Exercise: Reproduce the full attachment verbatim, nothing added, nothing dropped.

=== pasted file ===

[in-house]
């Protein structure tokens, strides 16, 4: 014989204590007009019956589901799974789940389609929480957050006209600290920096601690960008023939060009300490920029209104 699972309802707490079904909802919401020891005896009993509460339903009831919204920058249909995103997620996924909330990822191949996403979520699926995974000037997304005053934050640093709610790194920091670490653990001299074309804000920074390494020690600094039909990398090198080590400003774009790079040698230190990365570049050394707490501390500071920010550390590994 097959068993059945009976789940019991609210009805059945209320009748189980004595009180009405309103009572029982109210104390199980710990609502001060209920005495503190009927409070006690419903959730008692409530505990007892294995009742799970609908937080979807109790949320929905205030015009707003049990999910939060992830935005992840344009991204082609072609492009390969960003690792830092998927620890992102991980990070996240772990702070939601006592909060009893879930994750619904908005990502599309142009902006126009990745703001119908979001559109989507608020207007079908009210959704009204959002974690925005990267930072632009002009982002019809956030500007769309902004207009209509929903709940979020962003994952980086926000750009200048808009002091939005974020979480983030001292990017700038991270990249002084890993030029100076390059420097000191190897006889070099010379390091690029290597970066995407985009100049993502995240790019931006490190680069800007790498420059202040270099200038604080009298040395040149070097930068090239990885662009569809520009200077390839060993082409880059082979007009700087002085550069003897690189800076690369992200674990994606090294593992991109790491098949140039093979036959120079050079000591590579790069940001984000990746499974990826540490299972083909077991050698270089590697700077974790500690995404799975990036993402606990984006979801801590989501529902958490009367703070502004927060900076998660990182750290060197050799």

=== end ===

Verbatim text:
[in-house]
């Protein structure tokens, strides 16, 4: 014989204590007009019956589901799974789940389609929480957050006209600290920096601690960008023939060009300490920029209104 699972309802707490079904909802919401020891005896009993509460339903009831919204920058249909995103997620996924909330990822191949996403979520699926995974000037997304005053934050640093709610790194920091670490653990001299074309804000920074390494020690600094039909990398090198080590400003774009790079040698230190990365570049050394707490501390500071920010550390590994 097959068993059945009976789940019991609210009805059945209320009748189980004595009180009405309103009572029982109210104390199980710990609502001060209920005495503190009927409070006690419903959730008692409530505990007892294995009742799970609908937080979807109790949320929905205030015009707003049990999910939060992830935005992840344009991204082609072609492009390969960003690792830092998927620890992102991980990070996240772990702070939601006592909060009893879930994750619904908005990502599309142009902006126009990745703001119908979001559109989507608020207007079908009210959704009204959002974690925005990267930072632009002009982002019809956030500007769309902004207009209509929903709940979020962003994952980086926000750009200048808009002091939005974020979480983030001292990017700038991270990249002084890993030029100076390059420097000191190897006889070099010379390091690029290597970066995407985009100049993502995240790019931006490190680069800007790498420059202040270099200038604080009298040395040149070097930068090239990885662009569809520009200077390839060993082409880059082979007009700087002085550069003897690189800076690369992200674990994606090294593992991109790491098949140039093979036959120079050079000591590579790069940001984000990746499974990826540490299972083909077991050698270089590697700077974790500690995404799975990036993402606990984006979801801590989501529902958490009367703070502004927060900076998660990182750290060197050799």